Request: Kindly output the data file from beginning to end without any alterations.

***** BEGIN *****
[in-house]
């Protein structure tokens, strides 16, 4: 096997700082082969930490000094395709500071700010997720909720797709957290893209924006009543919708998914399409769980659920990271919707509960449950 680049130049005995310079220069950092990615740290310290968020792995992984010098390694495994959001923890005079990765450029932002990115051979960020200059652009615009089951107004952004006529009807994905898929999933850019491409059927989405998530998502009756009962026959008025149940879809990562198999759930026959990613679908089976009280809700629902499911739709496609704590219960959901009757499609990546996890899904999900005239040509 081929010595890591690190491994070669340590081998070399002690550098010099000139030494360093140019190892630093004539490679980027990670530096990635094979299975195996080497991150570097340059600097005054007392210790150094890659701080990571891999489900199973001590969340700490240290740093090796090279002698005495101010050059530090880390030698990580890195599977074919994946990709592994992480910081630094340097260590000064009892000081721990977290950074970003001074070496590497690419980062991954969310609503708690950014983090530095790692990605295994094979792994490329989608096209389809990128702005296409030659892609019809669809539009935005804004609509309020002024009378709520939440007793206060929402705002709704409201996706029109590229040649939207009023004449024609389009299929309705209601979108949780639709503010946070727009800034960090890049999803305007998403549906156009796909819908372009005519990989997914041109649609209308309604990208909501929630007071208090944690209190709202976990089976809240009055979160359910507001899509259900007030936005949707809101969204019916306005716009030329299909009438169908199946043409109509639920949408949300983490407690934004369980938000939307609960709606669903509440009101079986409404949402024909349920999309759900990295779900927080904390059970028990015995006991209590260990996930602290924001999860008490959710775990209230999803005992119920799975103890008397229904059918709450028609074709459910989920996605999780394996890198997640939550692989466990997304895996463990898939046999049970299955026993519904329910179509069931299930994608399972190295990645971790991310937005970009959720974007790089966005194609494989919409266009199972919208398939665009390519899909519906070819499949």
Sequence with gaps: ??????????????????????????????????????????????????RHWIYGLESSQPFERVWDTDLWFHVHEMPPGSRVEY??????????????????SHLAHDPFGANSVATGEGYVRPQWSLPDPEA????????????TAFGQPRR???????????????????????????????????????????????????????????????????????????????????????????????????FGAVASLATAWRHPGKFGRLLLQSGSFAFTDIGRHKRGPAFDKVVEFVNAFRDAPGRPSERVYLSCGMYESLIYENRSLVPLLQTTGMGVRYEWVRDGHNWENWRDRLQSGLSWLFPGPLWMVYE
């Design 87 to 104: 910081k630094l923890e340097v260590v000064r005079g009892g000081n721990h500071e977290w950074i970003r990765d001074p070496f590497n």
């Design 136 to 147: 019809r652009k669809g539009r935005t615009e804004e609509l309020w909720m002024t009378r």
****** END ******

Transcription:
[in-house]
């Protein structure tokens, strides 16, 4: 096997700082082969930490000094395709500071700010997720909720797709957290893209924006009543919708998914399409769980659920990271919707509960449950 680049130049005995310079220069950092990615740290310290968020792995992984010098390694495994959001923890005079990765450029932002990115051979960020200059652009615009089951107004952004006529009807994905898929999933850019491409059927989405998530998502009756009962026959008025149940879809990562198999759930026959990613679908089976009280809700629902499911739709496609704590219960959901009757499609990546996890899904999900005239040509 081929010595890591690190491994070669340590081998070399002690550098010099000139030494360093140019190892630093004539490679980027990670530096990635094979299975195996080497991150570097340059600097005054007392210790150094890659701080990571891999489900199973001590969340700490240290740093090796090279002698005495101010050059530090880390030698990580890195599977074919994946990709592994992480910081630094340097260590000064009892000081721990977290950074970003001074070496590497690419980062991954969310609503708690950014983090530095790692990605295994094979792994490329989608096209389809990128702005296409030659892609019809669809539009935005804004609509309020002024009378709520939440007793206060929402705002709704409201996706029109590229040649939207009023004449024609389009299929309705209601979108949780639709503010946070727009800034960090890049999803305007998403549906156009796909819908372009005519990989997914041109649609209308309604990208909501929630007071208090944690209190709202976990089976809240009055979160359910507001899509259900007030936005949707809101969204019916306005716009030329299909009438169908199946043409109509639920949408949300983490407690934004369980938000939307609960709606669903509440009101079986409404949402024909349920999309759900990295779900927080904390059970028990015995006991209590260990996930602290924001999860008490959710775990209230999803005992119920799975103890008397229904059918709450028609074709459910989920996605999780394996890198997640939550692989466990997304895996463990898939046999049970299955026993519904329910179509069931299930994608399972190295990645971790991310937005970009959720974007790089966005194609494989919409266009199972919208398939665009390519899909519906070819499949």
Sequence with gaps: ??????????????????????????????????????????????????RHWIYGLESSQPFERVWDTDLWFHVHEMPPGSRVEY??????????????????SHLAHDPFGANSVATGEGYVRPQWSLPDPEA????????????TAFGQPRR???????????????????????????????????????????????????????????????????????????????????????????????????FGAVASLATAWRHPGKFGRLLLQSGSFAFTDIGRHKRGPAFDKVVEFVNAFRDAPGRPSERVYLSCGMYESLIYENRSLVPLLQTTGMGVRYEWVRDGHNWENWRDRLQSGLSWLFPGPLWMVYE
């Design 87 to 104: 910081k630094l923890e340097v260590v000064r005079g009892g000081n721990h500071e977290w950074i970003r990765d001074p070496f590497n």
């Design 136 to 147: 019809r652009k669809g539009r935005t615009e804004e609509l309020w909720m002024t009378r």